But Chou says in-game economies have grown so complicated that developers have trouble overseeing them. As a result, they place limits. Game developers typically sell goods directly to gamers and keep a firm grip on the levers of supply and demand. There’s no mechanism for players to sell the virtual items among themselves—because they don’t actually own the things. “Right now these are basically command-and-control economies,” says Brett Seyler, Forte’s chief platform officer.

Some players find loopholes to buy and sell their in-game spoils.CounterStrike: Global Offensive, a popular multiplayer shooting game, became notorious for supporting billions of dollars in bets that use decorative virtual weapons, known as “skins,” as gambling chips to wager

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Crypto Currency

Not caring about bad news, Bitcoin goes above $6,000 for the first time this year

If you thought that the theft of 7,000 bitcoins from one of the world’s biggest crypto exchanges would stop Bitcoin’s price in its tracks, you were wrong.  On Thursday, the price of Bitcoin went above $6,000 for the first time since November last year. At the time of writing, Bitcoin is trading at $6,102.64 according…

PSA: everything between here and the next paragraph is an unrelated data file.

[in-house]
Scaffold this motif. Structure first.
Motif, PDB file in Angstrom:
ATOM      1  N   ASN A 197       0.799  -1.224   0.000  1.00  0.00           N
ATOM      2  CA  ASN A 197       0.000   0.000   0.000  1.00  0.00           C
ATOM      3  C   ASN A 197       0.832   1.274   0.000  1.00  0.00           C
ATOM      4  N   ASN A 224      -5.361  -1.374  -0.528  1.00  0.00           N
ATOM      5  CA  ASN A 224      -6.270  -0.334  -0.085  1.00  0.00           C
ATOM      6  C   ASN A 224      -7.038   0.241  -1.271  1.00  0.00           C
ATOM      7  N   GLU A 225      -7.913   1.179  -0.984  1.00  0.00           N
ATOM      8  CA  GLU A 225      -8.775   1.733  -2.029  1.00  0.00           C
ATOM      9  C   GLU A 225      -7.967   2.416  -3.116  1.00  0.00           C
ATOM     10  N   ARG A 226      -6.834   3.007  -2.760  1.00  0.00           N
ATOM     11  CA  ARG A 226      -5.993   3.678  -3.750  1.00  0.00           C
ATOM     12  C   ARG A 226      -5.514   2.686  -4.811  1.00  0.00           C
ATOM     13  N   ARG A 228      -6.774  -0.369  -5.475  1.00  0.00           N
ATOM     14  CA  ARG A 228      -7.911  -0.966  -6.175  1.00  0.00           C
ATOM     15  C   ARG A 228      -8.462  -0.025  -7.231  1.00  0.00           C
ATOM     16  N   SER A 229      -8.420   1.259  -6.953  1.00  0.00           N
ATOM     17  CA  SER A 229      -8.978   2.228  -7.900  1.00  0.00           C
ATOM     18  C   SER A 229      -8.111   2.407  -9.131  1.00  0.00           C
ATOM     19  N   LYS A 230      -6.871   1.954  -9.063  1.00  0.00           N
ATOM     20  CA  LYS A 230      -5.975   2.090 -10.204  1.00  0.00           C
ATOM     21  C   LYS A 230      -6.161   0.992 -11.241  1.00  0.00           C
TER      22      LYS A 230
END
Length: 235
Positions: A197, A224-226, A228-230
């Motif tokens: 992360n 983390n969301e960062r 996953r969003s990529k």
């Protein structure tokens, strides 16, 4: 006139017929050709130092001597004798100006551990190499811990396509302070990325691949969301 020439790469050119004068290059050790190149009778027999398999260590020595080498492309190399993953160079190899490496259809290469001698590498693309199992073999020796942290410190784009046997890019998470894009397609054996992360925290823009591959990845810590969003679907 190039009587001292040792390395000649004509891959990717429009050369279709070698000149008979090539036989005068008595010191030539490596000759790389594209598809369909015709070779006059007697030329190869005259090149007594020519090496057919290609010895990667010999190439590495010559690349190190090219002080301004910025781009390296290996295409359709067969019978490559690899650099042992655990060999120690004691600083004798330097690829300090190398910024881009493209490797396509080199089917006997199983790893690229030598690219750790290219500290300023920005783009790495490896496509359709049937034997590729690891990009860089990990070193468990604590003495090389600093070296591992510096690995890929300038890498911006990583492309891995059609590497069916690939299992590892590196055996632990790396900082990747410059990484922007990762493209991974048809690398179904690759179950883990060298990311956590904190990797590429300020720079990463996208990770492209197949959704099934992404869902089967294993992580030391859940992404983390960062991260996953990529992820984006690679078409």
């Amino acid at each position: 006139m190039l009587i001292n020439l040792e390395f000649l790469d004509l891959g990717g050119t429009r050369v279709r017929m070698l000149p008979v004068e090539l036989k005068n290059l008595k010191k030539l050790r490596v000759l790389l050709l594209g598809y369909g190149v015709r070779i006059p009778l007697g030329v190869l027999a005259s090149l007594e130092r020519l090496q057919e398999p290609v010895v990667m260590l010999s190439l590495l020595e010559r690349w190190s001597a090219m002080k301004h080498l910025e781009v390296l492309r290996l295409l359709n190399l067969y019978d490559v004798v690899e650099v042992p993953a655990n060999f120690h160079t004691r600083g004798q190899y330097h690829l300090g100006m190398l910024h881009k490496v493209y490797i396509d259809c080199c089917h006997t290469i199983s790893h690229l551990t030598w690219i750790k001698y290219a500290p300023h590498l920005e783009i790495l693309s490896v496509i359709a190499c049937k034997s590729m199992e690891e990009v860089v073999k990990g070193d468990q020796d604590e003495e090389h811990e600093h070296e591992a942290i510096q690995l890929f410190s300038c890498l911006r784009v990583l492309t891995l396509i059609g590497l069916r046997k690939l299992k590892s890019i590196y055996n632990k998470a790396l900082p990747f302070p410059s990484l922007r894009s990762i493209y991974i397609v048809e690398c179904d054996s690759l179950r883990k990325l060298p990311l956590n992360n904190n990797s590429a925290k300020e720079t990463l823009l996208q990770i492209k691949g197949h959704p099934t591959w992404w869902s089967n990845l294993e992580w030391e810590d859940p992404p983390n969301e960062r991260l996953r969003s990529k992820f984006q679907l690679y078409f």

If you thought that the theft of 7,000 bitcoins from one of the world’s biggest crypto exchanges would stop Bitcoin’s price in its tracks, you were wrong. 

On Thursday, the price of Bitcoin went above $6,000 for the first time since November last year. At the time of writing, Bitcoin is trading at $6,102.64 according to CoinMarketCap. 

The Binance hack — made worse by the company CEO Changpeng Zhao’s short-lived suggestion to change Bitcoin’s history to undo the hack — wasn’t the only recent bad news for Bitcoin and cryptocurrencies in general. In April, news broke that China is considering banning cryptocurrency mining in the country. Later that month, cryptocurrency exchange Bitfinex and stablecoin Tether were accused by the New York Attorney General of covering up an $850 million loss of customer fund

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Crypto Currency

Major U.S. retailers are now accepting Bitcoin and other cryptocurrency

Major U.S. retailers are now accepting Bitcoin and other cryptocurrency

Major U.S. retailers are now accepting Bitcoin and other cryptocurrency